Culture

Published on July 5th, 2008 | by Justin Van Kleeck

7

The Fine Art of Foraging

For this Fourth of July, I chose to celebrate a day of independence by stressing out to prepare for a holiday party, nor by figuring out which fireworks show to go to, nor by basking in the presence of President Bush during his visit to Monticello here in Charlottesville.

No, for this Fourth of July, I tapped into the American spirit of freedom by going wild and getting out into the wild: I went out foraging for wild berries.

Luckily for me this was pretty easy, given the fact that I live in the country and have been walking by a seemingly endless stretch of wineberry bushes (and a few blackberry bushes) growing conveniently along the gravel drive. Oh, the tension of temptation has been building for so, so long now as I have watched the bushes form their little fuzzy pods, the pods pop open with the unripe berries peeping out, the berries growing redder and redder like little organic rubies building up their brilliance….

So on this day, at long last, I declared my independence from self-restraint and heroic patience by diving into the (thorny!) berry patches and going wild…and pickin’ pickin’ pickin’ away.

Sticky fingers, bloody limbs, ticks and other creepy-crawlies: nothing could prevent me from reaching out and picking one shiny little globule after another. And once the container started to get pretty full, there was no sense of guilt in popping more in my mouth than saving for later.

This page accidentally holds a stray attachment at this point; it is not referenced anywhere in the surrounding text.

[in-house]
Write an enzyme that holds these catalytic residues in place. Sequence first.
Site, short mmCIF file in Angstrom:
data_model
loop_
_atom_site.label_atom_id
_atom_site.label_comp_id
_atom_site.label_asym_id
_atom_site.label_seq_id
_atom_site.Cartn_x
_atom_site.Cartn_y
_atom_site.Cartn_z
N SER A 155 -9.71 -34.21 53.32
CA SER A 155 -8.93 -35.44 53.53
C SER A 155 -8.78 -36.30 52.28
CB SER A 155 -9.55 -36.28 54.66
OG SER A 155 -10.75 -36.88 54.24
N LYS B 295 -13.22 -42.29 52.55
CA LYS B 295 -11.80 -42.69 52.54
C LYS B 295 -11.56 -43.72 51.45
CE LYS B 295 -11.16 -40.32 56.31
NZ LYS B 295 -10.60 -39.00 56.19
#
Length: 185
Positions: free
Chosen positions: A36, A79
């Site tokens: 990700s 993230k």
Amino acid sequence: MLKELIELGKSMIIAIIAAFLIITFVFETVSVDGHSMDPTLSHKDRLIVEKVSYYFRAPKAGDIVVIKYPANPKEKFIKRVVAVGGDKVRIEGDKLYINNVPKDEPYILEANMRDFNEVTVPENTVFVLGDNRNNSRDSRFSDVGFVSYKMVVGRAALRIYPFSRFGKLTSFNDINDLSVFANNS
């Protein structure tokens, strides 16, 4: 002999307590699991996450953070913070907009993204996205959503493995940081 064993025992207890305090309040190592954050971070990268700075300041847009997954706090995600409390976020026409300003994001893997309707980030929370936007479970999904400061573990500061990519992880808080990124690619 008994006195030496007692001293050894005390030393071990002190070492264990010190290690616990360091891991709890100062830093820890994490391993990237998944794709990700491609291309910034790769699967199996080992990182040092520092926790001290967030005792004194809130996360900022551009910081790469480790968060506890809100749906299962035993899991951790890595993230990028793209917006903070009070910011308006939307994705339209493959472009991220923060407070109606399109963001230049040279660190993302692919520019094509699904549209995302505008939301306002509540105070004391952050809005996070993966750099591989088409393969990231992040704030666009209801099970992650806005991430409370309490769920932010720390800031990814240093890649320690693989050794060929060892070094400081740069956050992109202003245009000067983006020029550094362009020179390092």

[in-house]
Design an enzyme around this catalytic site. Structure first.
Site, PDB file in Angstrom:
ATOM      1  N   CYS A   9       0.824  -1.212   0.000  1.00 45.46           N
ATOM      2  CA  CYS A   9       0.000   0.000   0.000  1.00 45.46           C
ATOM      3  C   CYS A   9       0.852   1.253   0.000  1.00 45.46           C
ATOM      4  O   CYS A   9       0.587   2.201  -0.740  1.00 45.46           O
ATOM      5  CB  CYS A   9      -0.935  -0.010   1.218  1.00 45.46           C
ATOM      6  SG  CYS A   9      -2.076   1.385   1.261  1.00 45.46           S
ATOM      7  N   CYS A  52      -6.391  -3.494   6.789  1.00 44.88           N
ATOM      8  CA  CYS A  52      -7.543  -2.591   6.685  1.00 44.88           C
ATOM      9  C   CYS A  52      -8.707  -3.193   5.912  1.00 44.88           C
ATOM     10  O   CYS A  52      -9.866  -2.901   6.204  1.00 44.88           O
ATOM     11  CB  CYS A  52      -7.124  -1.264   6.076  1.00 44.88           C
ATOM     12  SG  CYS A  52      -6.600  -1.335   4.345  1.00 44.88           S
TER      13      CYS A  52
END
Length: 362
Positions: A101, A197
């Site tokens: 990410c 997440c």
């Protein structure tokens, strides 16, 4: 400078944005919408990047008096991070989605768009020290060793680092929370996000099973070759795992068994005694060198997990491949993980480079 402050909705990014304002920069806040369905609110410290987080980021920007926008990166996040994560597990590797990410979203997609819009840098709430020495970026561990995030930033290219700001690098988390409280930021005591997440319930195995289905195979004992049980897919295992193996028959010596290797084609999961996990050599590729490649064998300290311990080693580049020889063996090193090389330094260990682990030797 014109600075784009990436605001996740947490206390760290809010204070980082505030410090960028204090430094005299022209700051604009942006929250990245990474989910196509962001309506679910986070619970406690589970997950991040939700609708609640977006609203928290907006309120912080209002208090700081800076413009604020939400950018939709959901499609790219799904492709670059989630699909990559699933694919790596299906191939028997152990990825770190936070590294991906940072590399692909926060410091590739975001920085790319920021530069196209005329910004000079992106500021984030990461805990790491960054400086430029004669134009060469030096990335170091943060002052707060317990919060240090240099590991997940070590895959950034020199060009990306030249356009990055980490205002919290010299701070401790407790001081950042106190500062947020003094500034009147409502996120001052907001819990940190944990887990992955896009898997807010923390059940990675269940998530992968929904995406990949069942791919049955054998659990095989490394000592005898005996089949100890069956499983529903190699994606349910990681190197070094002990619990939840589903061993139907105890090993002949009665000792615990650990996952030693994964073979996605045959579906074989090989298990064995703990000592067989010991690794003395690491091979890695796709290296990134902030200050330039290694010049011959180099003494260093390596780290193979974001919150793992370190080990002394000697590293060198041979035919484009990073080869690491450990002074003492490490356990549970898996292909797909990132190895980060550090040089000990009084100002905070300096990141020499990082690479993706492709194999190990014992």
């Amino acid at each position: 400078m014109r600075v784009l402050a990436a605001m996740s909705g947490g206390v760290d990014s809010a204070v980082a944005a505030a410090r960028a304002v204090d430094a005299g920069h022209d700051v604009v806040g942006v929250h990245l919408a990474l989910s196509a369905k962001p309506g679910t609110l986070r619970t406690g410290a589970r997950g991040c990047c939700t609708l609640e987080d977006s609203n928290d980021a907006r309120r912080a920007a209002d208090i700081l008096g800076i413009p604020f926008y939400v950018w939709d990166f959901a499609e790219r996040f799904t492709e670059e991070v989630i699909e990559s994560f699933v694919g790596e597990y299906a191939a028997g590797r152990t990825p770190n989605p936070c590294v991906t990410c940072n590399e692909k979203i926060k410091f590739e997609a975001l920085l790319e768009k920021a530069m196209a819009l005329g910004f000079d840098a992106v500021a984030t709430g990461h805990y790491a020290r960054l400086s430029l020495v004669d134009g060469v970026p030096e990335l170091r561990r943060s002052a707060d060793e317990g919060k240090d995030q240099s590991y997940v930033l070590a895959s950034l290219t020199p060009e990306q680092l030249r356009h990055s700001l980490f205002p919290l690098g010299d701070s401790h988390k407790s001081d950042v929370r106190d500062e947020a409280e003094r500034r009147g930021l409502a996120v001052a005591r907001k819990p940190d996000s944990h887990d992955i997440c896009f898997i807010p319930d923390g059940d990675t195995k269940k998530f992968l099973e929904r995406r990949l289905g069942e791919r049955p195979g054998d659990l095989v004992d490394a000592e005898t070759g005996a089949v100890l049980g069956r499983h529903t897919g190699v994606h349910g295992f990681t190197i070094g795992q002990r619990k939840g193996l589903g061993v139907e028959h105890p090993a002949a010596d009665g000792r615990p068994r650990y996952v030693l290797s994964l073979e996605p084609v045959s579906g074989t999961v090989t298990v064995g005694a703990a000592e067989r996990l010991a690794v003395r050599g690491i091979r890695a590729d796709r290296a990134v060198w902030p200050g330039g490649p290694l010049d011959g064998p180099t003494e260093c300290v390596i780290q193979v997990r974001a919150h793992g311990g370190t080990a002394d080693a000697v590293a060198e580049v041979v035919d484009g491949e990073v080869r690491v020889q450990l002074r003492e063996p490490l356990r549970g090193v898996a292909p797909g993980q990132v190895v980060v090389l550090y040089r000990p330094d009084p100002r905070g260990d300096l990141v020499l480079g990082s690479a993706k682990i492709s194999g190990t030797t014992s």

And oh, the sweet fireworks! All the woes of labor, all the blood and sweat and tears (from the thorn pricks), melted away as the berries exploded on my tongue. My taste buds saluted and sparkled, then they swam in the sugary flood just before it flowed down my throat.

My blood seemed to tingle, too, but not only from the sugar saturating and making redder the red cells. I felt as if I were taking a trip down the genetic staircase and tapping into the gathering instinct of my ancient forebears that have carried through the generations. It felt primal, primordial, and absolutely natural to be out foraging for my food.

Indeed, I felt somehow closer to nature and to the Earth, for I realized just how bountiful nature is and how life finds so many ways to endure…sometimes in ways that are delicious and beneficial! Yes, it became clear how life carries on and, in doing so, nourishes more than just the particular organism doing the living. In the life of one, these berries seemed to sing out, is the promise of life for all.

These sensations and sentiments from foraging in the wild are much deeper, stronger than those we get from gardening. Although a garden can also give us direct experience with nature and insights into the processes of nature, it still seems far too “domesticated” in comparison to foraging. Moreover, it requires a lot more work on our part!

When we go out foraging for wild foodstuffs, be they berries and other fruits or greens (such as dandelion) or herbs or fungi, we simply reap the generosity and copiousness of nature. We find ourselves free from expenditure and free to enjoy the yummier products of natural processes. Foraging is so essential, so lively, so natural, and so sweet. And unlike hunting, that other ancient human “art,” gathering wild food does not bring with it the cost of taking another sentient being’s life; in many cases, such as with the berries, you can gather your food without killing even plant life.